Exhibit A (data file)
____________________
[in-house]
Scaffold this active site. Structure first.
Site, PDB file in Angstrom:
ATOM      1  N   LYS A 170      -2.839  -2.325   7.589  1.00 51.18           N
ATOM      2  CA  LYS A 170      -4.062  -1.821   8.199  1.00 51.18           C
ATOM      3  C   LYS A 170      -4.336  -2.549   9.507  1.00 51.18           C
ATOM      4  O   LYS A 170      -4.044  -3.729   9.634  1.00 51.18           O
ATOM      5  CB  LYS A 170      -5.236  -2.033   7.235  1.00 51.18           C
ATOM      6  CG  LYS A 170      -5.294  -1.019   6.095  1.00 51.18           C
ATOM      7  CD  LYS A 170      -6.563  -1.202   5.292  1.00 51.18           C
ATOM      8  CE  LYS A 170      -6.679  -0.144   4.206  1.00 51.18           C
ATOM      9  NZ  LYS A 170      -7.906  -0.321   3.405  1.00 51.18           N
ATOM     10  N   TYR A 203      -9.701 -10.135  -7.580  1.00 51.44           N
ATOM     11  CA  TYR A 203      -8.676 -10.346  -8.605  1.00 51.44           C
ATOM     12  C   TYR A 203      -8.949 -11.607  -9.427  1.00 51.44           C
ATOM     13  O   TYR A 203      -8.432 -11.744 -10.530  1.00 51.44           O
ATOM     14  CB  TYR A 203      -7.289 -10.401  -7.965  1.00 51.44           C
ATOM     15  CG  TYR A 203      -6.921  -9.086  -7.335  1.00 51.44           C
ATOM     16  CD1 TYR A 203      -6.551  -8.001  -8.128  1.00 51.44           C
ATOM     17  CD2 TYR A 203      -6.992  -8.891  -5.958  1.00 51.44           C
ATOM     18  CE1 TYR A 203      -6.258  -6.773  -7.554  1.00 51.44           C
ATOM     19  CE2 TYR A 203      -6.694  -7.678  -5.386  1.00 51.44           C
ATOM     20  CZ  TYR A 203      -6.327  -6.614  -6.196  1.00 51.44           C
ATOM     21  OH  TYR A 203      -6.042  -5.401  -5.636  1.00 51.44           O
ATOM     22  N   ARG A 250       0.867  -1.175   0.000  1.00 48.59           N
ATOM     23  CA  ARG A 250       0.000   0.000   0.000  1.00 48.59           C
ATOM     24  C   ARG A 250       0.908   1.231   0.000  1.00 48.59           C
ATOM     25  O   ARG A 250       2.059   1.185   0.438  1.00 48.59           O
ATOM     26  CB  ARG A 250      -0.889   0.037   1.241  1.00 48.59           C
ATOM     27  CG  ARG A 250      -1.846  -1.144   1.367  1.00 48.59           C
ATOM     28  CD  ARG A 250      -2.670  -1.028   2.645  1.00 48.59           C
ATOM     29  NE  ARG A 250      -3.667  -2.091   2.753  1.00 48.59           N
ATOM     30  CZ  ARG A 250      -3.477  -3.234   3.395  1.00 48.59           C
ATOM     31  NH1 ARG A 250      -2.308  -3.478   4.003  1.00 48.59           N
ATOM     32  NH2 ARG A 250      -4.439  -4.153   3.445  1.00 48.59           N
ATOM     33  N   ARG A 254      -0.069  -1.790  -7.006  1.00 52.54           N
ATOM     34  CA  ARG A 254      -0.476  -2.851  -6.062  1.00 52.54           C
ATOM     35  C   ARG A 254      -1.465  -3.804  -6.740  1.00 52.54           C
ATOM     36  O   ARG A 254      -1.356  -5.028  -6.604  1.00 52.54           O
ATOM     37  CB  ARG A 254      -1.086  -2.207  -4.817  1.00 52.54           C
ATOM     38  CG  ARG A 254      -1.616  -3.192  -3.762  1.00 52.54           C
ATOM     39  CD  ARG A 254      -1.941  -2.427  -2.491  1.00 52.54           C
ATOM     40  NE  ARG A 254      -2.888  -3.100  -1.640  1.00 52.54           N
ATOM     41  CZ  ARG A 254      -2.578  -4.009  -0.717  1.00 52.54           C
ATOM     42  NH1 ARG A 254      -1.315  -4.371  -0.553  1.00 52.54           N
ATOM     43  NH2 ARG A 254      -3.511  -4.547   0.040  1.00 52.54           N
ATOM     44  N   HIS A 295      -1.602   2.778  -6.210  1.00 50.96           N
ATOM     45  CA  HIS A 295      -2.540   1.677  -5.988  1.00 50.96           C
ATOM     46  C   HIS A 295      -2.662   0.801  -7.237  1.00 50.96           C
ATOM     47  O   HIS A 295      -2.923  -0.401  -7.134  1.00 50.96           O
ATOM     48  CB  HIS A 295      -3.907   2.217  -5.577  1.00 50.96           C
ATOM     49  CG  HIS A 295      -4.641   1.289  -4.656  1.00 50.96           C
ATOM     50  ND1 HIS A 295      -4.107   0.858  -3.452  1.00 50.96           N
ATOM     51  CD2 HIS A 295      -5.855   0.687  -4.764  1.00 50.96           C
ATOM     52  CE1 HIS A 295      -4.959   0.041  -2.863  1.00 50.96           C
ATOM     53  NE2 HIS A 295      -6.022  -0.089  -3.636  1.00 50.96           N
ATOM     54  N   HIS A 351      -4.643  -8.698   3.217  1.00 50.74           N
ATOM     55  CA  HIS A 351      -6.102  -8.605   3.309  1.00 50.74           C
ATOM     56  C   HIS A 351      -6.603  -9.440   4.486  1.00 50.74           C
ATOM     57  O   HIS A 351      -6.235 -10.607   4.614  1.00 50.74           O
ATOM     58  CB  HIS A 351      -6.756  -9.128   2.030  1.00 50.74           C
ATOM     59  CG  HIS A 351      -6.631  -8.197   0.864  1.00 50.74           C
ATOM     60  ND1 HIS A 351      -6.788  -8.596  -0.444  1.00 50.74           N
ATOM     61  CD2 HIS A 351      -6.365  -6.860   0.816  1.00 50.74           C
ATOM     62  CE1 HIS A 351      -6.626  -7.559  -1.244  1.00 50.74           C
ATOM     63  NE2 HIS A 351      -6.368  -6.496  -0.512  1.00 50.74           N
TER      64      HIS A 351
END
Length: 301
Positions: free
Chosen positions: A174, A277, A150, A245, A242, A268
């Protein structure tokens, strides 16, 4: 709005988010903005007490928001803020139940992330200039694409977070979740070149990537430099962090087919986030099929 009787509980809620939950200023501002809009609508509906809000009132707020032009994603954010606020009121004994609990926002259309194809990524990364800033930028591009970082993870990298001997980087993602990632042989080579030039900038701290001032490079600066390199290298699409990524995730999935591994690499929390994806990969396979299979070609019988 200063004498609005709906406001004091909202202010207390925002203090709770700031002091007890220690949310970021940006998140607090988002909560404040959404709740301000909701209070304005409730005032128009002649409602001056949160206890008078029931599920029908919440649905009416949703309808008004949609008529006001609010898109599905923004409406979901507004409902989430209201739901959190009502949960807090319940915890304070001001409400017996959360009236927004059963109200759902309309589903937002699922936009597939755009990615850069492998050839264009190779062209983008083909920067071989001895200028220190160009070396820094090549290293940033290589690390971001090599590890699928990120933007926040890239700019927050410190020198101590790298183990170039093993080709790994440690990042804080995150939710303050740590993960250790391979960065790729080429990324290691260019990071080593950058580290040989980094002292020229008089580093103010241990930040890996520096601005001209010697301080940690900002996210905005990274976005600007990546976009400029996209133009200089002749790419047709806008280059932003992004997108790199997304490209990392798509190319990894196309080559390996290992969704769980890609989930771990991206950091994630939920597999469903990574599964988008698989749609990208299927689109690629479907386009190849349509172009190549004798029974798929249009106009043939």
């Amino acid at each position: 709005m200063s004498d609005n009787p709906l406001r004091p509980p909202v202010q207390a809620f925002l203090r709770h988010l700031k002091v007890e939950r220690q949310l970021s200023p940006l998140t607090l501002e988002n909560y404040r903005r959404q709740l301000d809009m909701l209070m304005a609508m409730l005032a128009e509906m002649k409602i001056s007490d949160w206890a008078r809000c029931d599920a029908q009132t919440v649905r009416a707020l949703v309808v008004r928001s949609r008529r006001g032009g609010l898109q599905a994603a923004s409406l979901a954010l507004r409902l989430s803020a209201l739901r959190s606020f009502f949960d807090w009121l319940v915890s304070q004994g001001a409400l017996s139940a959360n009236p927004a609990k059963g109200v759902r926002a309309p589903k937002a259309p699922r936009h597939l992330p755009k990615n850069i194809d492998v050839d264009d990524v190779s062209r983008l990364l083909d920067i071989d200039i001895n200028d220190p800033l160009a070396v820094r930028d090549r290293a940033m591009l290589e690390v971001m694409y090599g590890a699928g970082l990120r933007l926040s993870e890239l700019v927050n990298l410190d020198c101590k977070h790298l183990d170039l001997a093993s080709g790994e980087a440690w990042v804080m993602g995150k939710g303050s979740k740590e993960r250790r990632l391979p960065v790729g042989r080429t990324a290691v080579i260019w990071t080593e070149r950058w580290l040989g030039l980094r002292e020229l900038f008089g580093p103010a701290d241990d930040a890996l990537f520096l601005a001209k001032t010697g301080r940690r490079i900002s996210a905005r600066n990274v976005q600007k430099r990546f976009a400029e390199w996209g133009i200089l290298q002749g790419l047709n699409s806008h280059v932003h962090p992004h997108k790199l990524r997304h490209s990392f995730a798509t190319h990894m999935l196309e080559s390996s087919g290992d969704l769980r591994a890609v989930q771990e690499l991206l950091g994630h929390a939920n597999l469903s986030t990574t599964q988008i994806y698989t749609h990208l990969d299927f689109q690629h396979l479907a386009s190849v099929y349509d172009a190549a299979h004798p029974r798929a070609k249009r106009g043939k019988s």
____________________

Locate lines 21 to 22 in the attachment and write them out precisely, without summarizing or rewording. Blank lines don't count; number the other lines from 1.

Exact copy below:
ATOM     18  CE1 TYR A 203      -6.258  -6.773  -7.554  1.00 51.44           C
ATOM     19  CE2 TYR A 203      -6.694  -7.678  -5.386  1.00 51.44           C